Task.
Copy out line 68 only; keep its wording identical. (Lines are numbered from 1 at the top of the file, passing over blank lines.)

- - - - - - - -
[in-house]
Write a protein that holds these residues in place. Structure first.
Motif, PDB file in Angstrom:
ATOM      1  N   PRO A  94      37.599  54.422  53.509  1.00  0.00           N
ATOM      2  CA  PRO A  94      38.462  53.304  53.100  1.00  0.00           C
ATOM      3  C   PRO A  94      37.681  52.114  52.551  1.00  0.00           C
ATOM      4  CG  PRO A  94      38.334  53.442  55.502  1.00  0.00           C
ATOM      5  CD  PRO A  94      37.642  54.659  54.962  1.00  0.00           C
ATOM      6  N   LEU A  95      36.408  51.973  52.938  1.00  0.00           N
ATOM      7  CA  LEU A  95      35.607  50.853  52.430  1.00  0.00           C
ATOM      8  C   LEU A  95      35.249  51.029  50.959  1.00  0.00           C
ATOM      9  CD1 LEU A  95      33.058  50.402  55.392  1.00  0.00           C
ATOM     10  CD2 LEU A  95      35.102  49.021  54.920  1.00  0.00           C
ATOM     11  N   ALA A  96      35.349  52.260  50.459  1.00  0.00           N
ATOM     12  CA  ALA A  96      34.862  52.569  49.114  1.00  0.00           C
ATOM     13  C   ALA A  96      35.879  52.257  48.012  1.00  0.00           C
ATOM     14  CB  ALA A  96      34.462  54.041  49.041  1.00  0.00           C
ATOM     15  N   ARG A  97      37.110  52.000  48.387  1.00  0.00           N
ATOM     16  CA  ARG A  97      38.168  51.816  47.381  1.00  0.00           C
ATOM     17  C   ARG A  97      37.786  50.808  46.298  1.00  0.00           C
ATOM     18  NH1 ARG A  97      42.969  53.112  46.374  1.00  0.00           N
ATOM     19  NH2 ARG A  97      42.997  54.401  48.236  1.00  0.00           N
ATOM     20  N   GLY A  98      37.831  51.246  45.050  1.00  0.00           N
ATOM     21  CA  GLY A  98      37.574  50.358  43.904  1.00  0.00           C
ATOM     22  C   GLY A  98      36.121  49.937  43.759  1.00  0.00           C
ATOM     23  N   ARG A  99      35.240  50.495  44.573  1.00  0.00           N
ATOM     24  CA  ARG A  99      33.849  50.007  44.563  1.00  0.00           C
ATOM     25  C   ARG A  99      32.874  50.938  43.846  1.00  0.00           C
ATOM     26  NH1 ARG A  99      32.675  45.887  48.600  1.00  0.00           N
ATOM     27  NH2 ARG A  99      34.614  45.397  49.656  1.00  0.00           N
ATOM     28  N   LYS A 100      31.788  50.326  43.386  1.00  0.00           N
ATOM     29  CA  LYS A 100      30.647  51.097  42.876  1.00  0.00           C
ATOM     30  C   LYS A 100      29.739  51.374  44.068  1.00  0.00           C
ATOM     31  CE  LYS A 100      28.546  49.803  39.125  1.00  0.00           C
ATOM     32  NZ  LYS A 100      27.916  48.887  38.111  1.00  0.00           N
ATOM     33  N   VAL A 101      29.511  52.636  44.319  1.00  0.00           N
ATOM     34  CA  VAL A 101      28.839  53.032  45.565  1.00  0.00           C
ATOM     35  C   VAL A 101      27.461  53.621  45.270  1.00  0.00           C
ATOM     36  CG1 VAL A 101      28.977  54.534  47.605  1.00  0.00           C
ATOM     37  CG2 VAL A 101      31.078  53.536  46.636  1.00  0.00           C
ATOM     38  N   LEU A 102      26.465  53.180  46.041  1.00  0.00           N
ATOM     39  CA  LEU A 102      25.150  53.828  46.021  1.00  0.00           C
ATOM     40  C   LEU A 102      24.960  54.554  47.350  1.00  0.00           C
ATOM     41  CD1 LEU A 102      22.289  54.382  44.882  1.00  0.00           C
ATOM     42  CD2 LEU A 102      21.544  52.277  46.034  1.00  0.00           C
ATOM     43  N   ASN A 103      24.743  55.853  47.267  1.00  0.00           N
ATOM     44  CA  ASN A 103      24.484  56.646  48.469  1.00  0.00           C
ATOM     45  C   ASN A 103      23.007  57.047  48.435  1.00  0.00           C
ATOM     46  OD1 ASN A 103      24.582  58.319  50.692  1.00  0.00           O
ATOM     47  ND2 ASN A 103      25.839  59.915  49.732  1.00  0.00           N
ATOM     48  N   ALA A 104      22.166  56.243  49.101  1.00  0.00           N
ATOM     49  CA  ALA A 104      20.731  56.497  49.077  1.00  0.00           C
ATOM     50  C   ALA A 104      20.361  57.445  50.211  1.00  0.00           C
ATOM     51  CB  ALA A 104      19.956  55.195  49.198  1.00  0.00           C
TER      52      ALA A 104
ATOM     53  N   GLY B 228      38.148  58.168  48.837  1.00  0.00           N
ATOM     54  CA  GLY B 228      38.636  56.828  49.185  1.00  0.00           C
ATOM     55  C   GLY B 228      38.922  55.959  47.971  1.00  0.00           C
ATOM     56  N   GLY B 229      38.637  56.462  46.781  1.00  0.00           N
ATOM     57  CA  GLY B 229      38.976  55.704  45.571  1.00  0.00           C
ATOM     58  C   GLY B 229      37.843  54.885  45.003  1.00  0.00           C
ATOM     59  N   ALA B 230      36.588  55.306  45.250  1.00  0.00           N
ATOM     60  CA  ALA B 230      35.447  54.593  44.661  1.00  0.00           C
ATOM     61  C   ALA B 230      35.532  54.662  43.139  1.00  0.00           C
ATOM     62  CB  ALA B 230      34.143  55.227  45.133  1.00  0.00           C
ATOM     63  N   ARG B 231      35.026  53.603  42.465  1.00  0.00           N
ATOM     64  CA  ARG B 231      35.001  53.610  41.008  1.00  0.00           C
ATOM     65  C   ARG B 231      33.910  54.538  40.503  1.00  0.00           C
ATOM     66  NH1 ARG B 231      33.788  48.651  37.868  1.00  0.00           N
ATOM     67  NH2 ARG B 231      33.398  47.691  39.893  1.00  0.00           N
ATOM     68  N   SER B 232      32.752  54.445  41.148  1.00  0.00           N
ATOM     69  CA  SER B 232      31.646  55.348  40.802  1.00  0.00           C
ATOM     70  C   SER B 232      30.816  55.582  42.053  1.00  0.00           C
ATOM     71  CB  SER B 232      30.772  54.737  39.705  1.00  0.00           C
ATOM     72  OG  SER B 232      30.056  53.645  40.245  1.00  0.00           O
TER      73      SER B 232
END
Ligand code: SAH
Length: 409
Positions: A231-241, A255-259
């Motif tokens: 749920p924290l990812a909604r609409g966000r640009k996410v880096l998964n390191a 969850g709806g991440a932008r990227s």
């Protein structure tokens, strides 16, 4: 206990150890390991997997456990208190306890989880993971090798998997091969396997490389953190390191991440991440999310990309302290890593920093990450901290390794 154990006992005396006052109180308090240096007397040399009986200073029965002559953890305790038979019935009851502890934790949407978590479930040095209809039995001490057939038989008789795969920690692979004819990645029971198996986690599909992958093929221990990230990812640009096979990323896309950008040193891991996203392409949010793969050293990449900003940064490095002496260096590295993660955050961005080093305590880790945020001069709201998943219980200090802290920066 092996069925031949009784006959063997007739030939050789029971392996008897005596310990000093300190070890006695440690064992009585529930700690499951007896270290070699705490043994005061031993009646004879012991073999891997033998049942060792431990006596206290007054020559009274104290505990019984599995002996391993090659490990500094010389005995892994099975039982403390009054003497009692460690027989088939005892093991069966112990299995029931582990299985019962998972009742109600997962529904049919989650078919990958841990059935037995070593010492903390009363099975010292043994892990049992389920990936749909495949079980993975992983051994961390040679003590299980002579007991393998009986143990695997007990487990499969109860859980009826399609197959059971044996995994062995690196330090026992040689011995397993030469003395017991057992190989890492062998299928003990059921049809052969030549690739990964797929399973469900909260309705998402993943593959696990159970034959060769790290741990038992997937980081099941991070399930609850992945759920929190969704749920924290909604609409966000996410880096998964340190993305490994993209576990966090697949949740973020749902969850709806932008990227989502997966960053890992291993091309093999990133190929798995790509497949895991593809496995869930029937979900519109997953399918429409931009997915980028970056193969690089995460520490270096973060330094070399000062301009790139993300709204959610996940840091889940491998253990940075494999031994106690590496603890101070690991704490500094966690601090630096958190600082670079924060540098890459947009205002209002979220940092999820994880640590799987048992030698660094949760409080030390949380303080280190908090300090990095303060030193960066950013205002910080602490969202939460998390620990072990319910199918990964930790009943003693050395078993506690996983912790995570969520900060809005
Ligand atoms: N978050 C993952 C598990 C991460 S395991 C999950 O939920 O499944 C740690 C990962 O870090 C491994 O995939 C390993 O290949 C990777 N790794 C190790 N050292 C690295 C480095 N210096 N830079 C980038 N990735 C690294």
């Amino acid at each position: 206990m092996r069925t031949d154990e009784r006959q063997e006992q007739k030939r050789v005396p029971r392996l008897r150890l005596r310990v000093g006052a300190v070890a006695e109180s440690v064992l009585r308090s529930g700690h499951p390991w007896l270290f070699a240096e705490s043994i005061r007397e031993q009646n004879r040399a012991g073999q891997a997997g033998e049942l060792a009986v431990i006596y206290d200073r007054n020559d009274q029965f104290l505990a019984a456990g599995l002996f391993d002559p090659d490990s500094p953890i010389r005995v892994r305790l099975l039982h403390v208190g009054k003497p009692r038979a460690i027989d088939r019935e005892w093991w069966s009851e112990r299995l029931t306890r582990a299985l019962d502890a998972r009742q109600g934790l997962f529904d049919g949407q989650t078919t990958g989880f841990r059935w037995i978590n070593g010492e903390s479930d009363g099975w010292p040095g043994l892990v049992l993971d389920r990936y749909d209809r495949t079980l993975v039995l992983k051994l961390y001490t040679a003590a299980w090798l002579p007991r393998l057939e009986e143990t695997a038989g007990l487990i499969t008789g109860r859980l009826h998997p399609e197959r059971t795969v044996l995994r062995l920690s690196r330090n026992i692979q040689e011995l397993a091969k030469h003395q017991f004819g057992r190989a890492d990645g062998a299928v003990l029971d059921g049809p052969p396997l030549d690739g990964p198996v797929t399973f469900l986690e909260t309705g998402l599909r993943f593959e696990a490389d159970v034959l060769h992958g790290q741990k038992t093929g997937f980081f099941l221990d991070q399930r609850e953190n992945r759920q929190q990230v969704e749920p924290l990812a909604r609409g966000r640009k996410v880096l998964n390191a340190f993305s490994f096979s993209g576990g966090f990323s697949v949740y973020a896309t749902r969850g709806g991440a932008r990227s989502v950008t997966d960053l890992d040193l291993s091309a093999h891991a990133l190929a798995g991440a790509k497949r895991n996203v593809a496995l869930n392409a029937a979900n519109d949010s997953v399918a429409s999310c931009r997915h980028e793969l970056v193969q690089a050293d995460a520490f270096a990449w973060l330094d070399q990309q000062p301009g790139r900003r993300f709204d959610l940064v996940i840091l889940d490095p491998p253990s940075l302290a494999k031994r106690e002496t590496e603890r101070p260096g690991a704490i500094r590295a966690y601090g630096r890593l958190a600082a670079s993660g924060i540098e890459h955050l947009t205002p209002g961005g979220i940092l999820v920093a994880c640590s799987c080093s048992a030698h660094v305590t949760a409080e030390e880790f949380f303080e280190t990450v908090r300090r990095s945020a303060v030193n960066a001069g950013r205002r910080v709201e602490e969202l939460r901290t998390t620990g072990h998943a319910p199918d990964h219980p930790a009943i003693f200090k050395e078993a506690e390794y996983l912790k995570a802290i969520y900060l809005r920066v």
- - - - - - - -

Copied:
ATOM     65  C   ARG B 231      33.910  54.538  40.503  1.00  0.00           C